- The Washington Times - Tuesday, October 14, 2003

Imagine if the grand poobahs of golfdom were to schedule the British Open and the Masters during the same week. Wouldn’t there be a huge outcry from the PGA pros?

That is precisely what recently happened in the hitherto peaceful world of professional bass fishing, where the purses aren’t quite as large as the golfers’, but they’re growing. If a skilled bass angler parlays the various tournaments properly and consistently scores in the upper rungs, he or she could make enough money to live very comfortably.

Enter two competing bass tournament groups: the oldest of them all, the Bass Anglers Sportsman Society (BASS), and the upstart Forrest L. Wood (FLW) Tour. The trouble with the FLW is that its founder, boat manufacturer and financier, Irwin L. Jacobs, never has been very fond of BASS. Some say it has something to do with the man who started it all, BASS founder Ray Scott. Insiders say Jacobs never cared for Scott. But Scott doesn’t own the firm any more; ESPN does.

That didn’t stop Jacobs’ people from announcing recently that his season-ending FLW Tour Championship would be held on the very same days the BASS Masters Classic would have its run — the last weekend of next July.

The national touring bass pros thus were put into a position of having to choose which tournaments to compete in so they might win a slot in one of the two groups’ championship event. They were livid about Jacobs’ obvious power play.

Former BASS Masters Classic champion, Jay Yelas of Texas said, “I will not be fishing FLW next year. BASS has gone the extra mile to help anglers fish both tours if they want to, and the anglers appreciate that. BASS has more to offer [in] endorsement opportunities. To build a long-term career as a bass fisherman, you have a lot better chance doing that fishing [with] BASS than FLW. It gives me a better chance to make a living as a pro fisherman.”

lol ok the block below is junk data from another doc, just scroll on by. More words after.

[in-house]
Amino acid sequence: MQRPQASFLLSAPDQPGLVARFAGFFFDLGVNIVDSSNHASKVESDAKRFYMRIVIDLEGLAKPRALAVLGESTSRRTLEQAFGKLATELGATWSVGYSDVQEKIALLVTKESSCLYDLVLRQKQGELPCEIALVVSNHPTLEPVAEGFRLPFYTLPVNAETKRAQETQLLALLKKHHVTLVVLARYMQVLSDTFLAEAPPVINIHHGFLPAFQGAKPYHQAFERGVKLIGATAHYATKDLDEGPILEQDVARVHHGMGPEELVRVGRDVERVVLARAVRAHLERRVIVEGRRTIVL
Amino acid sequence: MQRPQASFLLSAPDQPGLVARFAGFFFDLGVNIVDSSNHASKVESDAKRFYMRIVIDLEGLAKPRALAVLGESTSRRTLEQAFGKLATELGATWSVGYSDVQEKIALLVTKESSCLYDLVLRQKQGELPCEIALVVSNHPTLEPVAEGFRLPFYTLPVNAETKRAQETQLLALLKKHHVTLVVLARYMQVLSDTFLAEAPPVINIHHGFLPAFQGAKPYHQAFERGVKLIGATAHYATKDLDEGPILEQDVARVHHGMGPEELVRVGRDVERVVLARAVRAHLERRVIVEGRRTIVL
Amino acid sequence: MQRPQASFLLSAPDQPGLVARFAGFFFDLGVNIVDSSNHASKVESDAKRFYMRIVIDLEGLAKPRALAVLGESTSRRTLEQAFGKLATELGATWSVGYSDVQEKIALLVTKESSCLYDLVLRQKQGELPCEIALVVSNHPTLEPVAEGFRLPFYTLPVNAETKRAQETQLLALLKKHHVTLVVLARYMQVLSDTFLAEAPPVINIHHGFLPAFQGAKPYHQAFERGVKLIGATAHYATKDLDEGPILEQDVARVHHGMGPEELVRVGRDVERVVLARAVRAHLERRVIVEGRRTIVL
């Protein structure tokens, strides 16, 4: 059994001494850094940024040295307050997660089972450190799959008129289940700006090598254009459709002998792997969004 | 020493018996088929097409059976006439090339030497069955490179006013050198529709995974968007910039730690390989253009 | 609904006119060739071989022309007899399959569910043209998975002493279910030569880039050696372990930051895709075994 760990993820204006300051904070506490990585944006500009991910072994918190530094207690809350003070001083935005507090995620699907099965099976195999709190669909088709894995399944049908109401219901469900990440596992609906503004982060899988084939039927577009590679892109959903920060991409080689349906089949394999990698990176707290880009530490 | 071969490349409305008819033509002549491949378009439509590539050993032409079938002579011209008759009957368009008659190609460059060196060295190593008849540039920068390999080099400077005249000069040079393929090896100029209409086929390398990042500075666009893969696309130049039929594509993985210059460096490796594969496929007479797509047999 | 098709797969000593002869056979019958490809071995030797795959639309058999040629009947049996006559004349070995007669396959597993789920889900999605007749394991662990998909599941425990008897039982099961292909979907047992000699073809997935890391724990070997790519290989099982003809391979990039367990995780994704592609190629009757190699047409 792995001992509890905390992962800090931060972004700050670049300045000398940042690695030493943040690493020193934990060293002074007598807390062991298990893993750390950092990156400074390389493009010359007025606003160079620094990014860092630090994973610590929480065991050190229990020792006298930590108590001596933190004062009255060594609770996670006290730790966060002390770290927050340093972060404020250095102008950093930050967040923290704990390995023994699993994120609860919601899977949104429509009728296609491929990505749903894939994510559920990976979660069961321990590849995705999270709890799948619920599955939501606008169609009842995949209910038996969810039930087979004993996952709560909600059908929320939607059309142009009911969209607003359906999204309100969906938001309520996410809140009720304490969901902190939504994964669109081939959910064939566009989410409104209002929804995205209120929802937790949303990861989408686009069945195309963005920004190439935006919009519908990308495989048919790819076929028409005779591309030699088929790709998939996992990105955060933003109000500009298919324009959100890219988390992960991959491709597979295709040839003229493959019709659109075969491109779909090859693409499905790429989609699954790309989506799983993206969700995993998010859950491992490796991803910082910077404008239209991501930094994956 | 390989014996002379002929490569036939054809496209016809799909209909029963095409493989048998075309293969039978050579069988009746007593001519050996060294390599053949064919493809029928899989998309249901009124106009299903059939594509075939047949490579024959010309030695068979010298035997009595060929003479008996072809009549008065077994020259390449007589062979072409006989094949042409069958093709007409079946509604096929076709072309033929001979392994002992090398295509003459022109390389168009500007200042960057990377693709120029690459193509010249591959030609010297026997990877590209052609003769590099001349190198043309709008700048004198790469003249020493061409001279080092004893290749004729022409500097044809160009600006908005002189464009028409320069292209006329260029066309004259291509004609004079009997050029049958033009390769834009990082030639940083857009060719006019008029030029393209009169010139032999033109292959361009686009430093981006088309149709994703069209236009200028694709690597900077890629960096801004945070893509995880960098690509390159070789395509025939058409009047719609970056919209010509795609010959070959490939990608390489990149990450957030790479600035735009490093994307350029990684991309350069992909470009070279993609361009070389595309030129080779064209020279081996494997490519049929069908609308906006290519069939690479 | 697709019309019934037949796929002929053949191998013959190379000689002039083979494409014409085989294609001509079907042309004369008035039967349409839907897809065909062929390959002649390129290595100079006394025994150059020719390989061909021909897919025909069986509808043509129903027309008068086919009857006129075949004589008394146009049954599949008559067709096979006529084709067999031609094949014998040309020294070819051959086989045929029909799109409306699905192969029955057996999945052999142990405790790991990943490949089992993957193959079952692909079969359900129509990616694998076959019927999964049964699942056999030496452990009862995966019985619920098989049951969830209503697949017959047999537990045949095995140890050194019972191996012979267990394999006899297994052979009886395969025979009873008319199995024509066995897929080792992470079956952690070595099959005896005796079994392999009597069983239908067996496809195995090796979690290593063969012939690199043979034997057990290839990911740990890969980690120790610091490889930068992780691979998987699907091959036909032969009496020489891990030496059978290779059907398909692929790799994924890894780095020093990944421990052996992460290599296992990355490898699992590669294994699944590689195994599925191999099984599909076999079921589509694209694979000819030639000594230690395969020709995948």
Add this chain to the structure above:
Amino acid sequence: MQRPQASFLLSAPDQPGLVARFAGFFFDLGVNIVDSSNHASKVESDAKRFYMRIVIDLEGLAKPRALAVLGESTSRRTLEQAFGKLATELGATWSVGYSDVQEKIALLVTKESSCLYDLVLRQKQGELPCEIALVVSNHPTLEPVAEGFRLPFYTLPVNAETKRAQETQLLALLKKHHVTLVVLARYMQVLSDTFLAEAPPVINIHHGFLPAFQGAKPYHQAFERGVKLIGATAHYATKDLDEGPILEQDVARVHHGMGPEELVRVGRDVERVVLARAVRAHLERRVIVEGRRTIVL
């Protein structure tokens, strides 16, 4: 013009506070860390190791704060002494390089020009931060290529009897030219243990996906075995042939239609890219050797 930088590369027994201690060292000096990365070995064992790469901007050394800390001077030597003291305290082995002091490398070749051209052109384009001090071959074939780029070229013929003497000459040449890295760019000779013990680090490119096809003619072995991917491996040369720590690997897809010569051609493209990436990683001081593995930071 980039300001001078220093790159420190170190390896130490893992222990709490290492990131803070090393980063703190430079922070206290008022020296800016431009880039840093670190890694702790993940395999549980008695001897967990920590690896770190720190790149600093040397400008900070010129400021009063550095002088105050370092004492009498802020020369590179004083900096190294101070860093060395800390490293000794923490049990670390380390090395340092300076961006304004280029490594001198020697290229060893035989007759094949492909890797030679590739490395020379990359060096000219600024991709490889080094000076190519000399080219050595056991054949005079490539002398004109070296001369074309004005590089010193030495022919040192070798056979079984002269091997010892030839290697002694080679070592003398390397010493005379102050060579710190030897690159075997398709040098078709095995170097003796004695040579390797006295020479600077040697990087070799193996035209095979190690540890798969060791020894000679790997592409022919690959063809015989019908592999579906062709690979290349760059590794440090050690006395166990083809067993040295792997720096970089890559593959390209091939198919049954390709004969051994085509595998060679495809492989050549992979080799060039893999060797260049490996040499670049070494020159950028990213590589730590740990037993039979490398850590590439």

Another BASS champion, South Carolina’s Davy Hite, said, “I’ve won both the FLW Championship and the BASS Masters Classic, and I can tell you that there is no comparison. When I won the FLW Championship, I got $250,000 and that was all it did for my career. When I won the BASS Masters Classic, it changed my life. Winning [the Classic] opens up all the doors in the world for potential sponsorships. The Classic is the world championship of competitive fishing.”

Said former Classic champion, Denny Brauer of Missouri: “I’m shocked. This is not good for the fans, the media or the anglers. The Classic is the show. The Classic is the granddaddy, and those dates should be respected by everyone. It’s going to be tough for the industry sponsors. I’m sorry for the anglers who qualify for both series and have [a] decision to make.”

Perennial bass tour star, Gary Klein of Texas said, “I don’t know how to put things into words. My loyalty is with BASS. It always has been and always will be. This is a great opportunity for me to just get my deposits back [from FLW] and bow out, because why fish if I can’t make the championship? It would be a shame that a professional angler [who] has supported both circuits has to be put in a position to make a choice.”

Irwin Jacobs didn’t expect this type of reaction. In an open letter to all the professional bass anglers, he claimed that he wasn’t aware his championship tournament dates would conflict with the those scheduled by BASS. He even offered an apology — not an easy thing for a very rich man to do.

His championship now has been rescheduled for Sept. 8-11.

If you believe that Jacobs’ gamble was a misunderstanding or an accidental occurrence, I have a piece of swampland in Florida I’d like to sell you.

• Look for Gene Mueller’s Outdoors column every Sunday and Wednesday, and his Fishing Report every Thursday, only in The Washington Times. E-mail: [email protected]

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